“I will tell you how to become rich. Close the doors. Be fearful when others are greedy. Be greedy when others are fearful.” — Warren Buffett
When looking for market strategy, Warren Buffett is top of the class. Starting to invest in childhood, he peaked as the world’s wealthiest individual in 2008. Attacking uncertainty and selling on confidence has long been a core tenant to retaining his value.
Stock market parallels litter the fantasy game. Fantasy Intervention’s website is filled with the buzzy “buy” and “sell” and our own Jakob Sanderson’s player comparisons to Bitcoin. Groupthink within the industry is pervasive and cutting against the grain can leave you exposed. Hit on those moves and you win.
Bills receiver Stefon Diggs and Raiders tight end Darren Waller were two of the top five names on most of ESPN’s championship rosters. Both faced a discounted draft price – falling outside of the top 55 on Fantasy Pro’s 2020 ADP – not due to their talent, but the perceived situation. Diggs’ value was depressed due to quarterback Josh Allen’s sub-par ability to deliver accurate passes in 2019 translating to 2020. His WR23 rank was a clear overreaction; especially considering the Bills primary receiver John Brown finished as WR20 in 2019. Waller faced a perceived crowded target room with preseason buzz on Raiders receivers Henry Ruggs, Bryan Edwards, and Hunter Renfrow. How did that work out?
On the flip side, two of the biggest busts were running backs, the Chief’s Clyde Edwards-Helaire and the Cardinals’ Kenyon Drake. Both were perceived as bellcow backs despite red flags. Edwards-Helaire was drafted into a committee with Damien Williams coming off a dominant Super Bowl performance. Edwards-Helaire’s value spiked to a dizzying height when Williams opted out of the season, with some suggesting he should be the 1.01 fantasy pick. Drake was a trendy first-round pick who settled at ADP21 despite offseason comments on Kingsbury’s intent to use a committee.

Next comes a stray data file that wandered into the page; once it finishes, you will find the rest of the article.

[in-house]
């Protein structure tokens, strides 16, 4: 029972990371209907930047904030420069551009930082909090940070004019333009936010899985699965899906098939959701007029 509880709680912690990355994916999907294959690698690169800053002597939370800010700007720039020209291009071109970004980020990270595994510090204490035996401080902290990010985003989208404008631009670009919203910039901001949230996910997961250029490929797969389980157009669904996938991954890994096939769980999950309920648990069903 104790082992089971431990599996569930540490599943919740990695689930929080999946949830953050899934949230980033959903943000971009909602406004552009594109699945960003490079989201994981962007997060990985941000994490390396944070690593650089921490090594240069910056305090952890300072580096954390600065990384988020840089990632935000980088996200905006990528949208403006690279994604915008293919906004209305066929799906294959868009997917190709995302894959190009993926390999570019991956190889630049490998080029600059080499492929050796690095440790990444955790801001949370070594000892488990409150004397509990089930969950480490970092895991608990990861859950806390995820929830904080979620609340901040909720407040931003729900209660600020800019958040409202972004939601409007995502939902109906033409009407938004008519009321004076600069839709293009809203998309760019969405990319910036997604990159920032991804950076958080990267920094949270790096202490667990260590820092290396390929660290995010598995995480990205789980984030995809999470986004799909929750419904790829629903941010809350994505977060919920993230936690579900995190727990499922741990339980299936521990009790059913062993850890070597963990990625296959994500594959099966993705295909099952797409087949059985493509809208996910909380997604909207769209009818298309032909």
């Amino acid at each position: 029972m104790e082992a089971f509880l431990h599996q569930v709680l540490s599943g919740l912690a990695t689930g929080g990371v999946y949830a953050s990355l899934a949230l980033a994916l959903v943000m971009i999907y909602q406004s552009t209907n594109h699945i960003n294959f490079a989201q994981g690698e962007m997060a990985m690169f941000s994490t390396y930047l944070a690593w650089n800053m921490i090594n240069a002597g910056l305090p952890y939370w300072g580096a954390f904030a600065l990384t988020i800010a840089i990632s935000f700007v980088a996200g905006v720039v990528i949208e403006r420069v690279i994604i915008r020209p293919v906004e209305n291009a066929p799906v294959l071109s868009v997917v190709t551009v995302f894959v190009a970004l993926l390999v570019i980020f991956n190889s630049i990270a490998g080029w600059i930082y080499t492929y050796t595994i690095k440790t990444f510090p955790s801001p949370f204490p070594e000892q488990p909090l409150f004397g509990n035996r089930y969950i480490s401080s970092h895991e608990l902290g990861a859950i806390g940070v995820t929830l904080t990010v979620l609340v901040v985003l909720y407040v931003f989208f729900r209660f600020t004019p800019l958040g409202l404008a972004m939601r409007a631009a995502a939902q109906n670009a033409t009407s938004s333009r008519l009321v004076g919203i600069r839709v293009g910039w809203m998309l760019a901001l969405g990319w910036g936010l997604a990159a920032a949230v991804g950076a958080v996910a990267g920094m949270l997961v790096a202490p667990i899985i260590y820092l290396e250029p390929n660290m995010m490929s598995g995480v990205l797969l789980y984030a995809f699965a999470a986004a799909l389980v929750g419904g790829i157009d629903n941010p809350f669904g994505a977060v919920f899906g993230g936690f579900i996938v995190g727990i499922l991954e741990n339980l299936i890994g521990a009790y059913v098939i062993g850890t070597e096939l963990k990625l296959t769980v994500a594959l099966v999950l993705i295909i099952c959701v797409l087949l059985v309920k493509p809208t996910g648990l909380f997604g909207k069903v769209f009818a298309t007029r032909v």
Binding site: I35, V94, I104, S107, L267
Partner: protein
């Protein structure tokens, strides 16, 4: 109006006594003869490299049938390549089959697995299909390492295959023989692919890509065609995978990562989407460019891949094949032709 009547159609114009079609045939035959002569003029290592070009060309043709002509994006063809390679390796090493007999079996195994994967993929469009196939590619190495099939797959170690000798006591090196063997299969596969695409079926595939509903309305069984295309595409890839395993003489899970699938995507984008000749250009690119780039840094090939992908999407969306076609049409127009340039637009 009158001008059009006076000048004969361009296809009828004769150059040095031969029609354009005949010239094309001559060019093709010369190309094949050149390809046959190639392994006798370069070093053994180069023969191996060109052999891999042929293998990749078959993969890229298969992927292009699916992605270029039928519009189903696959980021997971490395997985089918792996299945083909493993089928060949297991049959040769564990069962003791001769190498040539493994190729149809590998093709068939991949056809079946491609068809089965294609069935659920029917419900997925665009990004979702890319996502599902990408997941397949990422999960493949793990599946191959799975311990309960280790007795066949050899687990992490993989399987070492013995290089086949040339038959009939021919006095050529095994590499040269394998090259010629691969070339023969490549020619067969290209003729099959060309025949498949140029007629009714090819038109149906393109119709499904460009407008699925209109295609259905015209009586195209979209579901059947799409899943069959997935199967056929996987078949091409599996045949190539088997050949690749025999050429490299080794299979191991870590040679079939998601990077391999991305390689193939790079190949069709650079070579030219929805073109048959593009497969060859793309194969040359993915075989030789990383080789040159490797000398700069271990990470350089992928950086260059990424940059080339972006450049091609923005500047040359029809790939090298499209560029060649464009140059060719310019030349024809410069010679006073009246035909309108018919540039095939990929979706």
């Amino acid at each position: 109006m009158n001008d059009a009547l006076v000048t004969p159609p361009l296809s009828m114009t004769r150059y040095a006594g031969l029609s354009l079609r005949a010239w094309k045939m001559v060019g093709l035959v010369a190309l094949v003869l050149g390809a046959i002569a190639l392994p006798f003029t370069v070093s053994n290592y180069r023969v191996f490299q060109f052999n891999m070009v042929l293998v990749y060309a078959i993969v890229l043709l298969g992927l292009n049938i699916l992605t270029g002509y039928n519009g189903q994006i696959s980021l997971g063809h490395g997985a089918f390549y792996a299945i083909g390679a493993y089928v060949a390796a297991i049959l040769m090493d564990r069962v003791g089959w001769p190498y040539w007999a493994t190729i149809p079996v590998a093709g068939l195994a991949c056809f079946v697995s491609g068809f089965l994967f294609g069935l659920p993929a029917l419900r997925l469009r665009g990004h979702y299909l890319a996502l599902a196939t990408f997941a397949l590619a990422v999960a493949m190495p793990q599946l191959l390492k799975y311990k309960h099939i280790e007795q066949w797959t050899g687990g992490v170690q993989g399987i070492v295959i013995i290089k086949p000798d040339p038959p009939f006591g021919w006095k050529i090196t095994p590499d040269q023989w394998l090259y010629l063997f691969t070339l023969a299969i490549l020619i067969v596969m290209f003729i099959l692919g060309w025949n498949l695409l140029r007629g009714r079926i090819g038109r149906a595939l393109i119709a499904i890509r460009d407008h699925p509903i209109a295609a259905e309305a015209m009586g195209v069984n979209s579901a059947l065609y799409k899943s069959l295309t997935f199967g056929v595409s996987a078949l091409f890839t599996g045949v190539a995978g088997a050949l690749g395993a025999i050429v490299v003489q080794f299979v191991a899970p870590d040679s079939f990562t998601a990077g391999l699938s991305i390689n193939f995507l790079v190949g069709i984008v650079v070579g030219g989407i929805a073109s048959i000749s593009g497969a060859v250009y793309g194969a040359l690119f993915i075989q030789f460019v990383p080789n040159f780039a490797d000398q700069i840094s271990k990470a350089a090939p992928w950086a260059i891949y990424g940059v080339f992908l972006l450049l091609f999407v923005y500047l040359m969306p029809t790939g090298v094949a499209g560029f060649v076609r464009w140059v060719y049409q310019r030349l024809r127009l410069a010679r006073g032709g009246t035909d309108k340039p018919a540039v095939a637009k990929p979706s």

When we develop our critical eye, we can begin to find our undervalued stocks. Two players that stand out in FantasyPro’s current dynasty rankings are 49ers running back Jeffrey Wilson Jr. and wide receiver Brandon Aiyuk.
Wilson Jr. tied with Diggs on ESPN’s most rostered championship players. His consensus rank of 62 insinuates he’s widely unowned across platforms. 49ers Head Coach Kyle Shanahan has given him a goalline role in past seasons. When fellow running back Raheem Mostert has missed time he’s been flat dominant. He averaged 18.36 points per game over seven games when exceeding 12 touches. Wilson faces uncertainty with free agency looming and Mostert’s presence, but Shanahan has deployed backfields that have produced two relevant backs. (see Devonta Freeman and Tevin Coleman in Atlanta 2016, when both placed as top 19 points per reception running backs) Wilson is a stylistic fit, has the trust of the staff, and his low profile should allow for an inexpensive re-signing. After seeing those seven games, his upside is evident.
Aiyuk checks in at FantasyPros’ dynasty WR31. After missing Week 1, Aiyuk became a key to the 49ers’ offensive success. He averaged 16.94 points per game over his last 11 games which would place him at WR13 on the season. He is facing uncertainty due to tight end George Kittle and fellow receiver Deebo Samuel expected to eat into his targets. However, those two have distinct uses in the 49er’s offensive scheme allowing space for Aiyuk to flourish. In addition, there are rumors of quarterbacks Matthew Stafford or DeShaun Watson possibly getting traded to the 49ers. This becomes an immediate upgrade from current quarterback Jimmy Garoppolo.
It’s clear Aiyuk’s value is depressed. How often can you grab a former first-round wide receiver with this profile as your WR3 in dynasty?
The breadcrumbs are easy to trace with the benefit of hindsight. It speaks to the value of identifying your source information and developing your own opinion. Steve Jobs had a quote on opinions that hit me,
“Don’t let the noise of others’ opinions drown out your own inner voice.”
More often than not, the noise of the market should lead you to examine moving in the opposite direction.